Our Company

Atlatl Archaeology was born in 2013, through a clear need for cultural resource management (CRM) archaeology that operated in an equitable way. At the heart of Atlatl, we strive to have clients understand their heritage resource obligations and complete their work in an efficient manner through clear and transparent communication. We routinely satisfy a range of stakeholders’ interests from Historic Resource Impact Assessments to First Nations Consultations, Water Quality Sampling to Culvert Sizing, Protein Residue Analysis to Wood Charcoal Identification. We are uniquely qualified to offer these services due to our exceptional staff that boast focused training, advanced degrees, and years of experience in industry and academic archaeology.

Based out of Lethbridge, Alberta, we routinely work throughout Alberta and Saskatchewan, as well as occasionally in Manitoba. Additionally, our staff have diverse, worldwide archaeological experience with projects from Israel to Peru. At Atlatl, we have honed our services to offer both standardized reports outlining clear results while catering to our clients in addressing exactly what they need. Our laboratory analysts communicate directly with clients and coworkers to ensure analyses are completed on time and within budget to produce standardized, complementary, and quality work. Please feel free to reach out to us at any time, to see how Atlatl Archaeology can assist you with whatever your archaeological project may need.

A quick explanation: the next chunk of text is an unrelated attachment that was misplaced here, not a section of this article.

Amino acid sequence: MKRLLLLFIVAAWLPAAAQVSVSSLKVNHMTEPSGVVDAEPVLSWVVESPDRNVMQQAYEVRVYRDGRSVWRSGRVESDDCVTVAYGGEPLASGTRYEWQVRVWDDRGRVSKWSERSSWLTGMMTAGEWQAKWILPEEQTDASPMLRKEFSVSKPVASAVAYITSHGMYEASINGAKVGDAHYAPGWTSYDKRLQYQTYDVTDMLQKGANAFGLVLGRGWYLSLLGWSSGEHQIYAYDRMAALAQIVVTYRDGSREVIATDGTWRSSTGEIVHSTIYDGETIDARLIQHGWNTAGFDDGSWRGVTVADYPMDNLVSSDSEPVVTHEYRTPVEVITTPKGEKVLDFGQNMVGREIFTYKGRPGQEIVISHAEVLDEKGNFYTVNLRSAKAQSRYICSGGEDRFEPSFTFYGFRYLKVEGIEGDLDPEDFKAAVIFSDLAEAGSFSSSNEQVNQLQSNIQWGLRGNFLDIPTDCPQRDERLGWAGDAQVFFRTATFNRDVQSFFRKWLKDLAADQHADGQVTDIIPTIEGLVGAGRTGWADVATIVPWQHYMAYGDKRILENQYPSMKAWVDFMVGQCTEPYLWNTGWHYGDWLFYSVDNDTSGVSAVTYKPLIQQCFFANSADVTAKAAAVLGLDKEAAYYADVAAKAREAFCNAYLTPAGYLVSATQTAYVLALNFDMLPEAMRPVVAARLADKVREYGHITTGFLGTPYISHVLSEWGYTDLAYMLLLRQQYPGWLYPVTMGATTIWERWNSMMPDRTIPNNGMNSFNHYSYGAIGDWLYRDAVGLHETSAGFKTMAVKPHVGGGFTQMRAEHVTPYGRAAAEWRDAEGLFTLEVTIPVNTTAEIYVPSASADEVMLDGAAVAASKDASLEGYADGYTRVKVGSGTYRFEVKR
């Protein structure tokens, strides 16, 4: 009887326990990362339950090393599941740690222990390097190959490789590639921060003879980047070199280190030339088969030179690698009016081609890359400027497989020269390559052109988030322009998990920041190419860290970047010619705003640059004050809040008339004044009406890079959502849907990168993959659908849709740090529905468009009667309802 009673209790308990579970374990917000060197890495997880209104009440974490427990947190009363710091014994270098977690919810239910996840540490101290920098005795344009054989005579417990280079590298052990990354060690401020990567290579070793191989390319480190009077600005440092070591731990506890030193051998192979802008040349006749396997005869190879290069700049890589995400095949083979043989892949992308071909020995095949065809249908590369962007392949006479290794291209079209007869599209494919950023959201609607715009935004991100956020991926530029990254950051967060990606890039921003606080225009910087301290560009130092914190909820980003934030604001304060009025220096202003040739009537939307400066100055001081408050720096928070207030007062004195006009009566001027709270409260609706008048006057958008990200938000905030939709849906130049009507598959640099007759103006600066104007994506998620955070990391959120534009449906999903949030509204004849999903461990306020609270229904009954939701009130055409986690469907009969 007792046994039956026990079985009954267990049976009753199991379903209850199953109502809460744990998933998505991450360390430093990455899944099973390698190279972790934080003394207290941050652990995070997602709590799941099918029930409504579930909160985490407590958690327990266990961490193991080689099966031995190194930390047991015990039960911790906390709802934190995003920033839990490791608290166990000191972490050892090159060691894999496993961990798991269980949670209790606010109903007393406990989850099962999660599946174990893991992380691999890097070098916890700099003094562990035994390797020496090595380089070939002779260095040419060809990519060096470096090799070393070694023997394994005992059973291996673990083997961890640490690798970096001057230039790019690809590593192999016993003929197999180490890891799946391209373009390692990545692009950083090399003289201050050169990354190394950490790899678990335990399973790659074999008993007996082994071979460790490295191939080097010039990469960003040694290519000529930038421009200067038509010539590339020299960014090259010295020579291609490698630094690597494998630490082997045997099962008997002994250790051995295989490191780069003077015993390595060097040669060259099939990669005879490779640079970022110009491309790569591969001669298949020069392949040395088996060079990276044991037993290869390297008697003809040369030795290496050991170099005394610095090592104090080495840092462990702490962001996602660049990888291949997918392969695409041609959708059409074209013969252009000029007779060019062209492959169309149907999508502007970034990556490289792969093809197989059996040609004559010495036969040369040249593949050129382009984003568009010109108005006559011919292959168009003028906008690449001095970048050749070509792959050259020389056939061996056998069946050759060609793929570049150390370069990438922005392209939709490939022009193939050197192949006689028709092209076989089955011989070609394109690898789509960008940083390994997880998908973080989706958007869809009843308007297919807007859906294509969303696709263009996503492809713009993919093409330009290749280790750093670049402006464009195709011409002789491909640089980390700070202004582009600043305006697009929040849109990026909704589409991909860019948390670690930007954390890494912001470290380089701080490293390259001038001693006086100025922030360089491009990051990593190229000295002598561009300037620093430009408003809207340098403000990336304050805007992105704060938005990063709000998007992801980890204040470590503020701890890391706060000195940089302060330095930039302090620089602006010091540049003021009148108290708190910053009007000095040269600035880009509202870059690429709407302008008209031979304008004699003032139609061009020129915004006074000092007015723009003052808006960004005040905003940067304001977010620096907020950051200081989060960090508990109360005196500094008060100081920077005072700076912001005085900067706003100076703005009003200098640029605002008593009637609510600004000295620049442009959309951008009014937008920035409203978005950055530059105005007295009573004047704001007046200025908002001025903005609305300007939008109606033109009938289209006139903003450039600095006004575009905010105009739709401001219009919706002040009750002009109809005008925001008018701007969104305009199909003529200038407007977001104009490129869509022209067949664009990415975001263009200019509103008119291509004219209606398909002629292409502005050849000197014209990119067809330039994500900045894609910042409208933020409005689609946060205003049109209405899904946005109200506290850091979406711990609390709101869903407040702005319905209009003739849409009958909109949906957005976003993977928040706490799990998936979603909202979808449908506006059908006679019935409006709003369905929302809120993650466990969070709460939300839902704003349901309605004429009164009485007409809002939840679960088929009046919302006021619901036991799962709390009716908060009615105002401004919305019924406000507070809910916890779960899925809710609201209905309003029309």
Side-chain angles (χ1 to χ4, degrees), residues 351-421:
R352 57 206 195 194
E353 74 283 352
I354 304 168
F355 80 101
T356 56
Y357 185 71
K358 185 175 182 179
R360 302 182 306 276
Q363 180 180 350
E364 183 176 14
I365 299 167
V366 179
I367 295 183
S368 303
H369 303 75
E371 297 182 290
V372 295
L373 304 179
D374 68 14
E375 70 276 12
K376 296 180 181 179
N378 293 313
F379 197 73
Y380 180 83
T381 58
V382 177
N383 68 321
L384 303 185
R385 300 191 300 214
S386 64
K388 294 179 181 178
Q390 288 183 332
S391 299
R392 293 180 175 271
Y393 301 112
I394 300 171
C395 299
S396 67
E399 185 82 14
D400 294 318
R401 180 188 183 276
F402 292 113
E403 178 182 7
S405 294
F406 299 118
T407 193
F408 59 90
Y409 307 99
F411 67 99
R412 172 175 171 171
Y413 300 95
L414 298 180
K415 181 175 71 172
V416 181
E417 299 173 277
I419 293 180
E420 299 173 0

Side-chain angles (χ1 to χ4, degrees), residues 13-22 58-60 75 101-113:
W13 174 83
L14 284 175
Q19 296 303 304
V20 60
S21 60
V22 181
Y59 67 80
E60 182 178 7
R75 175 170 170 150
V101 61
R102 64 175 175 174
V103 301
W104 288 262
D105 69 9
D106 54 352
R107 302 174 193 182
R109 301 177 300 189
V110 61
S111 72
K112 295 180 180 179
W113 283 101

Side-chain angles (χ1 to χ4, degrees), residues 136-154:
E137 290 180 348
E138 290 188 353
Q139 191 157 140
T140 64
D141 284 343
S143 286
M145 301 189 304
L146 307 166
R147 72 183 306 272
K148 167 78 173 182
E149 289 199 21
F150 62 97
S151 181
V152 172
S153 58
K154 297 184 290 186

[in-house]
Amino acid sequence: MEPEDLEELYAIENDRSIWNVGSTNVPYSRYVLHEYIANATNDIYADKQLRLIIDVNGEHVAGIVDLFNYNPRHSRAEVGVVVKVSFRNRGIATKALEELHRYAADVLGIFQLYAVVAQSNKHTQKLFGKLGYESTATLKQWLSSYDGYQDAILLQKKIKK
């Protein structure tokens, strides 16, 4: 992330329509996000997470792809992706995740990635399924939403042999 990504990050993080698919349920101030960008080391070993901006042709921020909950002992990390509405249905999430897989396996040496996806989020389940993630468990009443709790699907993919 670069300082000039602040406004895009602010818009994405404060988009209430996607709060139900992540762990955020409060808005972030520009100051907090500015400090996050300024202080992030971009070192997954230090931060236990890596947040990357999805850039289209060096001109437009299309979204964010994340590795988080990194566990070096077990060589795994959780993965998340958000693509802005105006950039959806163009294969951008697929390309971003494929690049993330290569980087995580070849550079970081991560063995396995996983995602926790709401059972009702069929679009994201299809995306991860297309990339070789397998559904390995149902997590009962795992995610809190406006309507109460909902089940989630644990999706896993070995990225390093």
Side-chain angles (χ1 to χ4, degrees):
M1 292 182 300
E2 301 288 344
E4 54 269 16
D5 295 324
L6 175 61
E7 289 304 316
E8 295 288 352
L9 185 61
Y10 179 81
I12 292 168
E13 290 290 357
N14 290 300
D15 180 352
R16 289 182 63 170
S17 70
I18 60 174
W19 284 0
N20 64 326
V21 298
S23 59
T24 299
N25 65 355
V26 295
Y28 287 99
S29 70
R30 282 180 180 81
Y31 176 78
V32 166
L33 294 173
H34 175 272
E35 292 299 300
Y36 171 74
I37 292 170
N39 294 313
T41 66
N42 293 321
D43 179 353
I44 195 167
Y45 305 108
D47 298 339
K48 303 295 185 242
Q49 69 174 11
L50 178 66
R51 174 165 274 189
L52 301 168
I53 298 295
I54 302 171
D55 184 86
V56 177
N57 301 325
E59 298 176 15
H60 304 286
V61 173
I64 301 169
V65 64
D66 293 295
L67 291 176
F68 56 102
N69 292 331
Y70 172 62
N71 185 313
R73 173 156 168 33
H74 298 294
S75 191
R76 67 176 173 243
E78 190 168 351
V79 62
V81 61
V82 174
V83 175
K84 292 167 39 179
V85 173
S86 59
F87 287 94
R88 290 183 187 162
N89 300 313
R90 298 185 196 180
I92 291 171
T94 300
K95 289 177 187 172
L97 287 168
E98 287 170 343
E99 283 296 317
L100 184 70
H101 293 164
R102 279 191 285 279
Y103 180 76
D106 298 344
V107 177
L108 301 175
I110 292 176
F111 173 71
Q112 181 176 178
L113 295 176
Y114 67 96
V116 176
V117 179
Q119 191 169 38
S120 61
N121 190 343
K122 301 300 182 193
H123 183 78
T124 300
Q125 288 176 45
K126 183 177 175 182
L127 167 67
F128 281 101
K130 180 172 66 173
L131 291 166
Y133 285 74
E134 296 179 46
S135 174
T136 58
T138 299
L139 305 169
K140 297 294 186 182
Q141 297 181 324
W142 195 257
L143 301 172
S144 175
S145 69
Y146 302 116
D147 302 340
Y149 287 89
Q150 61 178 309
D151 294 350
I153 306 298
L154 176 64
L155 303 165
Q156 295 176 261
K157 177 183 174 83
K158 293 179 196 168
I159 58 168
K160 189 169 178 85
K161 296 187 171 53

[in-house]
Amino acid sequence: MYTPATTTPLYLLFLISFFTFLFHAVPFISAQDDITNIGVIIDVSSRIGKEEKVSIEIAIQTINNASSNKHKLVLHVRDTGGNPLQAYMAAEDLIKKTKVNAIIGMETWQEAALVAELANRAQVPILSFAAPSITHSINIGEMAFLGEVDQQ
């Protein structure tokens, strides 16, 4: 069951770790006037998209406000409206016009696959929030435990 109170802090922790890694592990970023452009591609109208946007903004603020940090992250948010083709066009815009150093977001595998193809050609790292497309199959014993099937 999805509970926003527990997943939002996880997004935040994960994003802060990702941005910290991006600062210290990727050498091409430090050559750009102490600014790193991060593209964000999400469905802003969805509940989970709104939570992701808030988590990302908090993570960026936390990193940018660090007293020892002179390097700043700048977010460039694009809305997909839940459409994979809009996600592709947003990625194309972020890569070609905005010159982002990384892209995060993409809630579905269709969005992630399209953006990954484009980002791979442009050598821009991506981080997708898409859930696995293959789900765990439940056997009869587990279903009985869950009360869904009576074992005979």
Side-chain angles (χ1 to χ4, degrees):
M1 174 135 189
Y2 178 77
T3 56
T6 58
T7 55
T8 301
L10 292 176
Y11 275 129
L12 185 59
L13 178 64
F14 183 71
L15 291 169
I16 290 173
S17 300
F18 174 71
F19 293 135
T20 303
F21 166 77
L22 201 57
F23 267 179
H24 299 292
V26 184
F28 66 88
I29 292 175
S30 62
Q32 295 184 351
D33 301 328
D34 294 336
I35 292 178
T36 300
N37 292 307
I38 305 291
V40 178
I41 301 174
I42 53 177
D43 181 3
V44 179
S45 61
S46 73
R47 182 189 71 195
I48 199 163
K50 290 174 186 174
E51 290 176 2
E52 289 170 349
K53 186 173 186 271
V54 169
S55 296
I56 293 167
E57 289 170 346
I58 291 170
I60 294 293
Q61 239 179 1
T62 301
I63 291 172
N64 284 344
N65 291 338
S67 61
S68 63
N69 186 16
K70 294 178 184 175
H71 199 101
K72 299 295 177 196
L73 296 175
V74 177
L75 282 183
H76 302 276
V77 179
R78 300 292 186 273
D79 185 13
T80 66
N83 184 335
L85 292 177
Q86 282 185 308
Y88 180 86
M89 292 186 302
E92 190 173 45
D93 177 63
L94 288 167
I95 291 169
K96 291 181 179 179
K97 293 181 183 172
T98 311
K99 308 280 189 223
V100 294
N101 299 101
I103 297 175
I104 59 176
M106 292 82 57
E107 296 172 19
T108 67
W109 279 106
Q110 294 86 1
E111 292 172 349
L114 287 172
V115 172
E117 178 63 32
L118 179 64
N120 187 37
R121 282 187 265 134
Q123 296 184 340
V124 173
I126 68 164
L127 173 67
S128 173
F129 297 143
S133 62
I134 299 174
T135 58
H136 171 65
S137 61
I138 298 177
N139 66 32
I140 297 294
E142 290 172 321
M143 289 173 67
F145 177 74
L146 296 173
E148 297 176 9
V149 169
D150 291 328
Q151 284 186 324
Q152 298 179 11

Atlatl would like to acknowledge that our work takes us throughout Alberta, Saskatchewan, British Columbia, and Manitoba – the ancestral and unceded territory of the people of Treaty 1, 2, 3, 4, 5, 5 Adhesion, 6, 7, 8, and 10 as well as the Métis homeland.  We would like to acknowledge the importance of the lands we share and call home. We do this to reaffirm our commitment and responsibility in improving relationships between Nations and to improving our own understanding of local Indigenous peoples and their cultures. Their histories, languages, and cultures have and continue to enrich our communities. We acknowledge the harms and mistakes of the past and consider how we can move forward in a spirit of truth, reconciliation, and collaboration.